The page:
Aggregates composed of the microtubule associated protein, tau, are a hallmark of Alzheimer's disease and non-Alzheimer's tauopathies. Extracellular tau can induce the accumulation and aggregation of intracellular tau, and tau pathology can be transmitted along neural networks over time. There are six splice variants of central nervous system tau, and various oligomeric and fibrillar forms are associated with neurodegeneration in vivo. The particular extracellular forms of tau capable of transferring tau pathology from neuron to neuron remain ill defined, however, as do the consequences of intracellular tau aggregation on neuronal physiology. The present study was undertaken to compare the effects of extracellular tau monomers, oligomers, and filaments comprising various tau isoforms on the behavior of cultured neurons. We found that 2N4R or 2N3R tau oligomers provoked aggregation of endogenous intracellular tau much more effectively than monomers or fibrils, or of oligomers made from other tau isoforms, and that a mixture of all six isoforms most potently provoked intracellular tau accumulation. These effects were associated with invasion of tau into the somatodendritic compartment. Finally, we observed that 2N4R oligomers perturbed fast axonal transport of membranous organelles along microtubules. Intracellular tau accumulation was often accompanied by increases in the run length, run time and instantaneous velocity of membranous cargo. This work indicates that extracellular tau oligomers can disrupt normal neuronal homeostasis by triggering axonal tau accumulation and loss of the polarized distribution of tau, and by impairing fast axonal transport.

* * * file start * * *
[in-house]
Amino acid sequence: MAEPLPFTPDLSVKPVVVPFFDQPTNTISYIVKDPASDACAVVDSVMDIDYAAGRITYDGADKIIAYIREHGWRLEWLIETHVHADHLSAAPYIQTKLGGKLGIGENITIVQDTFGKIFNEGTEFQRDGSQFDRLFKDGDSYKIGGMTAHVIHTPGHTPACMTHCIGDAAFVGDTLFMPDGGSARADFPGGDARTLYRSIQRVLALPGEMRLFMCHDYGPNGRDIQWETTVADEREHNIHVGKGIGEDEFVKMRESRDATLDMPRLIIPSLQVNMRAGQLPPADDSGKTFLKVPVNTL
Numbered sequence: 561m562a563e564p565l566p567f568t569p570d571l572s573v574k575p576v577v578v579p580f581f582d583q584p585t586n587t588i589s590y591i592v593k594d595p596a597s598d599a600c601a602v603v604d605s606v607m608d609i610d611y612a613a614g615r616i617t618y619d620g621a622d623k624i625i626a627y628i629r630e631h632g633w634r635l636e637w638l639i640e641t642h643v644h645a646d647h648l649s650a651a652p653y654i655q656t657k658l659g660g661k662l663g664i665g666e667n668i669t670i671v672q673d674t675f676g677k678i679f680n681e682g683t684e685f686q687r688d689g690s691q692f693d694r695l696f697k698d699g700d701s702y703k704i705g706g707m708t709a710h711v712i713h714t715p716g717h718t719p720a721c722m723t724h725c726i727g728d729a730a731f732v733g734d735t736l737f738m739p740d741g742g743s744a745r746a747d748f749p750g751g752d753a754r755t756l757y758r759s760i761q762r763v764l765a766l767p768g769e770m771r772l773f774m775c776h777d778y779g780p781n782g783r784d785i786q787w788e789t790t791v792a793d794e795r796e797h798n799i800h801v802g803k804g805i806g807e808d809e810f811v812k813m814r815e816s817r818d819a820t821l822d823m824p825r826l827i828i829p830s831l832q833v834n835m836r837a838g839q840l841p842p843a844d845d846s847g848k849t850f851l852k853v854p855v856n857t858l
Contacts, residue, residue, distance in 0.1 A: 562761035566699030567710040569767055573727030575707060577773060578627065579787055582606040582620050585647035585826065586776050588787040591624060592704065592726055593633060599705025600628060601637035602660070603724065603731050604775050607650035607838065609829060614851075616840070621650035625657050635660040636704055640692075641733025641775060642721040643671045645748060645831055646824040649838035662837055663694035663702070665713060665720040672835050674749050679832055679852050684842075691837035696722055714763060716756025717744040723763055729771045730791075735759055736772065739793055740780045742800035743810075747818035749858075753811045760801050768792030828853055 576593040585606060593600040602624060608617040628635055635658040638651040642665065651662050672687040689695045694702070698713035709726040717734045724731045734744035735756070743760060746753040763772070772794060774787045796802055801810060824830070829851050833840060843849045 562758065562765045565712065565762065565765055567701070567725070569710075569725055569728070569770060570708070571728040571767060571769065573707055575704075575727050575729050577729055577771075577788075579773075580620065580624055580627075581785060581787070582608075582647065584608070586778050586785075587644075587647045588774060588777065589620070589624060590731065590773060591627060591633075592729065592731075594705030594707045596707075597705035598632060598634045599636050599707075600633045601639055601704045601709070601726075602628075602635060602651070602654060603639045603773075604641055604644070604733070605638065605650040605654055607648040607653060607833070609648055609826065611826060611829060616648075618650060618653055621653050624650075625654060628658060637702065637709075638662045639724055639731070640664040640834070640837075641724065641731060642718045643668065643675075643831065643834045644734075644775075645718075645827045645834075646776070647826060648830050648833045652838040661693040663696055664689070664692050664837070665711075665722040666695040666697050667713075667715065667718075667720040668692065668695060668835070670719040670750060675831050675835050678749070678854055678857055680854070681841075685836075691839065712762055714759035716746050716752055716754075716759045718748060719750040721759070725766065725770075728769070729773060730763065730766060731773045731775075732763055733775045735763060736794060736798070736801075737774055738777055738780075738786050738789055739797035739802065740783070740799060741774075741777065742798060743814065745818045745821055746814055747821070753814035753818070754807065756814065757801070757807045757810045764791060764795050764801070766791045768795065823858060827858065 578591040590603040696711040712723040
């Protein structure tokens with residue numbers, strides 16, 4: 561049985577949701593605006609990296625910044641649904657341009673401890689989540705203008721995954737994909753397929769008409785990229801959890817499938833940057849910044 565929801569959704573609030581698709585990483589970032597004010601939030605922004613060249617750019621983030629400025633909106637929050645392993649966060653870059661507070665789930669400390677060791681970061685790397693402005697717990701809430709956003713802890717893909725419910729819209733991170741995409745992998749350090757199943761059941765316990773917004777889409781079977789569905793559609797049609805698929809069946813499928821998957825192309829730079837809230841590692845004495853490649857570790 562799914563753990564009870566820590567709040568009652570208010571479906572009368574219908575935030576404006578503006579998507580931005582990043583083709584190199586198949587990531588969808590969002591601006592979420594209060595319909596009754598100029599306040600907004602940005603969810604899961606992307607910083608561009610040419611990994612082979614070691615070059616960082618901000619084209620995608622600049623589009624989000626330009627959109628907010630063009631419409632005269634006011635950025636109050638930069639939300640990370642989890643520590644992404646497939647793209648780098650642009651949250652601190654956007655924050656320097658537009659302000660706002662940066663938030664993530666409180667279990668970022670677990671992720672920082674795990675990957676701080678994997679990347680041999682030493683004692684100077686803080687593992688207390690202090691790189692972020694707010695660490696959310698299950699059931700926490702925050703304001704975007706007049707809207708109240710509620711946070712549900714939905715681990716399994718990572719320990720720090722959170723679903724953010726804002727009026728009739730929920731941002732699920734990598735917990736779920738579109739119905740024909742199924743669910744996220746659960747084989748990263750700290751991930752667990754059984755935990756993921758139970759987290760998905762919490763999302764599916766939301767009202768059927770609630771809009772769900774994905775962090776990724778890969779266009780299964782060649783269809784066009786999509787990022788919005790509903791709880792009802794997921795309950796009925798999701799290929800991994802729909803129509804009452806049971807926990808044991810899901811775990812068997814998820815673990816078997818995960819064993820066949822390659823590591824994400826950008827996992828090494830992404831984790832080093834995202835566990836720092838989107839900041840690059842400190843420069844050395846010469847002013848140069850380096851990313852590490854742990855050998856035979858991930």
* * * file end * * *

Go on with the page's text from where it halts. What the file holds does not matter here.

14. Reversible disruption of dynactin 1-mediated retrograde axonal transport in polyglutamine-induced motor neuron degeneration.

    PubMed

    Katsuno, Masahisa; Adachi, Hiroaki; Minamiyama, Makoto; Waza, Masahiro; Tokui, Keisuke; Banno, Haruhiko; Suzuki, Keisuke; Onoda, Yu; Tanaka, Fumiaki; Doyu, Manabu; Sobue, Gen

    2006-11-22